Upon inhalation, the oil both cleared my lungs and mind and went straight to my heart. Trained as a clinical aromatherapist with a passion for natural perfumery, it was the type of experience that alters one — enough so, to lead me to the hills of Taos where I visited the distiller and the lands of this most unique member of the cypress family. There I observed Alfred pour one of the most gracious juniper essential oils, in physical demeanor, I had ever seen — a pale blue liquid silk. The aromatic waters were so dense and complex, they were befi tting the holiest of sacred shrines, while the concrete could have rivaled a beautiful immortelle, with under-lacings of honey, hay, coffee, leather and a tad of fruitiness.
Alfred has been a distiller for seven years, and possesses a drive to produce essence materials that are not generally available in the marketplace. He was not drawn to be a commercial producer, but rather walked the path of an artisan, with a desire to produce eloquent distillations of essential oil from unique plant species. Today, along with the Rocky Mountain juniper, he wild crafts and successfully distills the native plants of white sage (Salvia alpina), desert sage (Artemisia tridentata) and smaller vintage botanical batches. He is in constant discovery of the environmental and growing needs of each plant, while seeking to perfect his techniques and apparatus. With his 1,000 L stainless still, he uses a live steam process to capture the fullest aromatic material possible without the use of solvents.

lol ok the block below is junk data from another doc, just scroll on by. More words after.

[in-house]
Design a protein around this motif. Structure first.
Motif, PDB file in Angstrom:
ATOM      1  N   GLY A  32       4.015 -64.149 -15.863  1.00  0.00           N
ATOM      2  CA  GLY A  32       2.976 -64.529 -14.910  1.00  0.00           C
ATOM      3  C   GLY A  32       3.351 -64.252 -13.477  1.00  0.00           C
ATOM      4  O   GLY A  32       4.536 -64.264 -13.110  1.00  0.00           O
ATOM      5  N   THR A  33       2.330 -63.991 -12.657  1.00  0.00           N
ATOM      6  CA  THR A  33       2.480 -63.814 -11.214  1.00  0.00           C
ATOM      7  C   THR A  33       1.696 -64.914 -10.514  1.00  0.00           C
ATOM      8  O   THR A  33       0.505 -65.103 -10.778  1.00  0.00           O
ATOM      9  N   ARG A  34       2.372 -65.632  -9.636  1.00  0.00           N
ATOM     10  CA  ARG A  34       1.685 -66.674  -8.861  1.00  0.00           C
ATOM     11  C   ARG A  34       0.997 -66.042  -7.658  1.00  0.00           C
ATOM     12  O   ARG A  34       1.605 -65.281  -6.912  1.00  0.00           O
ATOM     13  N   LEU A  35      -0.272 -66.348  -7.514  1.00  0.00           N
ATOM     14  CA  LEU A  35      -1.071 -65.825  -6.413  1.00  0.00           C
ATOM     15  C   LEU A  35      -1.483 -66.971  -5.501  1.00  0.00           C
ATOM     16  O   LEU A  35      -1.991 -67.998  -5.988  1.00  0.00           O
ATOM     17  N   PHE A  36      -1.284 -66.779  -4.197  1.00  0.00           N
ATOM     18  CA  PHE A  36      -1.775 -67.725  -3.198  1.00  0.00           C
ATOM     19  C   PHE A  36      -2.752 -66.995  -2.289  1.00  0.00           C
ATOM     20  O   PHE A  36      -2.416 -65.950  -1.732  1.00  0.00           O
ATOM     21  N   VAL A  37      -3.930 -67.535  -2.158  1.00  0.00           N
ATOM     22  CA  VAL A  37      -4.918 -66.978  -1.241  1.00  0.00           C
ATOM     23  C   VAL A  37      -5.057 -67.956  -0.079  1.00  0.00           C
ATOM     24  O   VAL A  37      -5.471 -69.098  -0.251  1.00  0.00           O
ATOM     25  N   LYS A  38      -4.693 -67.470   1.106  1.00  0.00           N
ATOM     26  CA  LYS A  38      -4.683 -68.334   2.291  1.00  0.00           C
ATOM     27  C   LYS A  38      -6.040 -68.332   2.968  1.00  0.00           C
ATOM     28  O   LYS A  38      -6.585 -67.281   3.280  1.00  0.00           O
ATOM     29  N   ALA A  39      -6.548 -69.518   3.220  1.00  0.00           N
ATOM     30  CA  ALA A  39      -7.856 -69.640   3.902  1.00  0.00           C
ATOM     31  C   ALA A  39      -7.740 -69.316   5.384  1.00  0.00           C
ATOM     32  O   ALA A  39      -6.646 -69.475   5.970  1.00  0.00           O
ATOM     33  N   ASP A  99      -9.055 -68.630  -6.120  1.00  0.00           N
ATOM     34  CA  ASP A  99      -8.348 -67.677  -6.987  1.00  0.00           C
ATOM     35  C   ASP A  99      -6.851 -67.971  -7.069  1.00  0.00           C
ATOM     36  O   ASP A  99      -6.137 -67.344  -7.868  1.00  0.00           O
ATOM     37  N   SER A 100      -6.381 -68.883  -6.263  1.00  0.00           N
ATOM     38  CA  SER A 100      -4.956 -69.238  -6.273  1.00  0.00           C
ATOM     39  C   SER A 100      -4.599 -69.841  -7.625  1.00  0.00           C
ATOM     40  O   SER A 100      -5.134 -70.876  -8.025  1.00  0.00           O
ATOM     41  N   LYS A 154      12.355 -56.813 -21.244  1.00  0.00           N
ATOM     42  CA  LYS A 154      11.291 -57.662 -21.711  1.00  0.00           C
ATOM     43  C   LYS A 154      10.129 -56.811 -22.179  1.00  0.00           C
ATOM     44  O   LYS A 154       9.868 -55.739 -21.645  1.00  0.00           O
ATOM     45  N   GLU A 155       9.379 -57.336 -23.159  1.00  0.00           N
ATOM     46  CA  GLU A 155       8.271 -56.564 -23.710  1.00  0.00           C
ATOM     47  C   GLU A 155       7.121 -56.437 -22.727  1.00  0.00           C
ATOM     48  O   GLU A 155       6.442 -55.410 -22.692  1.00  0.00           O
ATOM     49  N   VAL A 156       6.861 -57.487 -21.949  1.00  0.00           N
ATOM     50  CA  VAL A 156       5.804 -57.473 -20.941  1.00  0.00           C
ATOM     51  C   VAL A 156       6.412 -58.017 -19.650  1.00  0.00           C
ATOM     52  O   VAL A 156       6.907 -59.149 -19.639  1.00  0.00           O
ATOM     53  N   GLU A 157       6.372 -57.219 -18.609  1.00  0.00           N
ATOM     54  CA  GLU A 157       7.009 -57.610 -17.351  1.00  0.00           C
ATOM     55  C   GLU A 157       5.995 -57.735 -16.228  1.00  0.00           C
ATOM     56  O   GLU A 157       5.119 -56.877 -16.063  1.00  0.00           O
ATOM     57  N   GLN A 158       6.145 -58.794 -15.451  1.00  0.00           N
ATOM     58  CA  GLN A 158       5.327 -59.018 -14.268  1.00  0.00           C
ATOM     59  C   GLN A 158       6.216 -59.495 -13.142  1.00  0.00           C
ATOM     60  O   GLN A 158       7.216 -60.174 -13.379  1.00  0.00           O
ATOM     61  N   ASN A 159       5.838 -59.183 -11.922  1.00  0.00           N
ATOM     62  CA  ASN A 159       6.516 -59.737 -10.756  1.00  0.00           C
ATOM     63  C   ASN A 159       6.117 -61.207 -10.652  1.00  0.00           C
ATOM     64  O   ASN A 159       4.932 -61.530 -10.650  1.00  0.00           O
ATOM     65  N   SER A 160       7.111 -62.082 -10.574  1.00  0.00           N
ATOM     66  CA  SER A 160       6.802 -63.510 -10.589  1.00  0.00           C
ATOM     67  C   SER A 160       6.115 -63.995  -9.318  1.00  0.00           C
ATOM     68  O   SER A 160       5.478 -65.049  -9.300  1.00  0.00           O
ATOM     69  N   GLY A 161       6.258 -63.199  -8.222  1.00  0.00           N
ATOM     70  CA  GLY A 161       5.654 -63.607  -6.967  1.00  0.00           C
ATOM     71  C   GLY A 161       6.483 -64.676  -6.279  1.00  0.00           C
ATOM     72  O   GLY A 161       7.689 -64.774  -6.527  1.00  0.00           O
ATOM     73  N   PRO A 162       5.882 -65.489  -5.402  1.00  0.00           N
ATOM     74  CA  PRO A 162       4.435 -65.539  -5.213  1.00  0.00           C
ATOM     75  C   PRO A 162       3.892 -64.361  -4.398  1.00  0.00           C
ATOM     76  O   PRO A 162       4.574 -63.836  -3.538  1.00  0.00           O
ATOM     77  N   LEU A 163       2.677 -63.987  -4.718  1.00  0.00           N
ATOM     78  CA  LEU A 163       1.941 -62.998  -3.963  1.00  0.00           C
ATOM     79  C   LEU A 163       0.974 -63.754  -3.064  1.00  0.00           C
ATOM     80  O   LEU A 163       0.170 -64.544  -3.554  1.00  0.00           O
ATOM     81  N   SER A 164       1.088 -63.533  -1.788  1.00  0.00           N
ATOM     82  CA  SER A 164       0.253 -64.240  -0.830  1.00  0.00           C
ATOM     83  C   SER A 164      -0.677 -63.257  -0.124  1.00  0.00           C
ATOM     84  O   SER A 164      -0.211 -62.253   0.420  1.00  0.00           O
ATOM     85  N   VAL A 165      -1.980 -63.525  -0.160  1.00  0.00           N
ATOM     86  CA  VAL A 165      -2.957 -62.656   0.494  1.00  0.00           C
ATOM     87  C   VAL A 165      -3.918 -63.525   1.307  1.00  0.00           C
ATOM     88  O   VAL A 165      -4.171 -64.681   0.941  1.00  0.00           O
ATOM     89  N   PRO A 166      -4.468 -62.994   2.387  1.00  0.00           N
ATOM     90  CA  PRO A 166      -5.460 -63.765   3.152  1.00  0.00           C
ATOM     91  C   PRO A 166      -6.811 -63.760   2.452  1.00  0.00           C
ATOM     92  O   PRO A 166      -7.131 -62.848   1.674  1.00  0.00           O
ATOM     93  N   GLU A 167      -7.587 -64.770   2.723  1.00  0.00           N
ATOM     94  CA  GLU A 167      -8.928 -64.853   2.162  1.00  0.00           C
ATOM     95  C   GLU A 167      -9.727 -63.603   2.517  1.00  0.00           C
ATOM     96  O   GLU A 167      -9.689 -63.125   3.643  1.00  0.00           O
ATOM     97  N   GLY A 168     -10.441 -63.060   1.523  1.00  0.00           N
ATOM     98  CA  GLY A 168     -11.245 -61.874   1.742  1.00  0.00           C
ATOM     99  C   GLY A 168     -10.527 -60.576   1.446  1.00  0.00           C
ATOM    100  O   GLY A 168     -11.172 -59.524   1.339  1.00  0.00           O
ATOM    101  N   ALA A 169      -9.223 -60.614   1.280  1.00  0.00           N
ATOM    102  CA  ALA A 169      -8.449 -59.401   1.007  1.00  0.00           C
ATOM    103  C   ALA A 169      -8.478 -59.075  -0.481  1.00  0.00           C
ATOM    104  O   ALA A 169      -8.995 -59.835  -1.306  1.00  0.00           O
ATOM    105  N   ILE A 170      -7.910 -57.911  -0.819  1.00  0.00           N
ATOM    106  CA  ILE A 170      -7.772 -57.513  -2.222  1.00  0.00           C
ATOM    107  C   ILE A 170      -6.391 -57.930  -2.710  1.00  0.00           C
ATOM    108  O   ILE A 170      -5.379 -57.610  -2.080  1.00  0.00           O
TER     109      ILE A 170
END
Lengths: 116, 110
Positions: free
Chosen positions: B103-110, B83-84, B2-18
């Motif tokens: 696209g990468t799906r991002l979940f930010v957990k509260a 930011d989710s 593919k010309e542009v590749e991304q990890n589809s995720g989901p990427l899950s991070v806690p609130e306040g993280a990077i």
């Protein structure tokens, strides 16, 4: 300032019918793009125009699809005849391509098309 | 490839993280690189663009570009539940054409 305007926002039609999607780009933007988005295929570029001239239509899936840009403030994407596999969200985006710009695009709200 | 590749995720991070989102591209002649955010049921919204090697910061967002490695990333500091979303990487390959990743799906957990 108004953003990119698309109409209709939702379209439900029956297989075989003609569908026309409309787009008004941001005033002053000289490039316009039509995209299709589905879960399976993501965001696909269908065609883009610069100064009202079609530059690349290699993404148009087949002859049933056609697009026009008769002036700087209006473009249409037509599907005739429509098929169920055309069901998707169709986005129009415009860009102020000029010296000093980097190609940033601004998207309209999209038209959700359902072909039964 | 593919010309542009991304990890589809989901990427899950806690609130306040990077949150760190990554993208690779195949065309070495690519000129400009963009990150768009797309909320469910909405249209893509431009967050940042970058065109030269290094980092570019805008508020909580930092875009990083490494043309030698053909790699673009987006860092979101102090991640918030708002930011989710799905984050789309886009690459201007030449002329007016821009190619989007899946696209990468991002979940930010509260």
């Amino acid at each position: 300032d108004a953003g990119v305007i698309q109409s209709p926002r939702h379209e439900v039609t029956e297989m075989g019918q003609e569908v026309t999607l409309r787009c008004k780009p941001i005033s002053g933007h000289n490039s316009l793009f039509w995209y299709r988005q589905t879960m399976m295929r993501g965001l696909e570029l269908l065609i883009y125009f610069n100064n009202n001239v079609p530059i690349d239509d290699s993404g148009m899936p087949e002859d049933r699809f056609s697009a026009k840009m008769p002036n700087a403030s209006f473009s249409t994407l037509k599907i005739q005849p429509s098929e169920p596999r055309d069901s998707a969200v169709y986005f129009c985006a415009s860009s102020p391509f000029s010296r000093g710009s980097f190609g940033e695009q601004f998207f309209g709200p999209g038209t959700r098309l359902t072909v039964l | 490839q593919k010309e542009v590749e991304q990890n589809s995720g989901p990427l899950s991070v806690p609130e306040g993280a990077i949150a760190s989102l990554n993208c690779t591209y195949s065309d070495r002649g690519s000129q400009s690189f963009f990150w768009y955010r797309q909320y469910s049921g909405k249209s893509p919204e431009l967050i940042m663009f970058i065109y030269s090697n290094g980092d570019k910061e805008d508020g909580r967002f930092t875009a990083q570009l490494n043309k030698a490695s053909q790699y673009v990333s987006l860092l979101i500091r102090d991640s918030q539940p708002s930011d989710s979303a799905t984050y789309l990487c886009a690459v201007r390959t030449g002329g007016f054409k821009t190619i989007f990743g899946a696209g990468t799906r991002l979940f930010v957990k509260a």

In my talks with Alfred, I discovered that Rocky Mountain juniper is a plant whose domain has spread rapidly, due to the last 40 years being the wettest in New Mexico allowing the evergreen to thrive. This abundance has enabled the plant to become a sustainable aromatic, which is quite impressive in a time of harsh environmental impact, particularly with forestry products being used for the aroma trade marketplace. In the industry where I have made my career for nearly two decades, the oil of an aromatic plant is often referenced aesthetically as its soul. In the case of Rocky Mountain juniper, this indeed has been my experience. Through inhaling the aroma alone, it stepped beyond the parameters of what one would expect to experience from the generally accepted emotional associations of a juniper oil. I would come to discover it to be particularly benefi cial for clients with complaints of the aftermath of acute stress, such as exhaustion and mind confusion, anxiety, nervousness, emotional imbalance, mild vertigo and eurythmea. Overall , I was searching for a better understanding of this beautiful oil, its potential in therapy, but more importantly, it’s potential to the world of perfumery.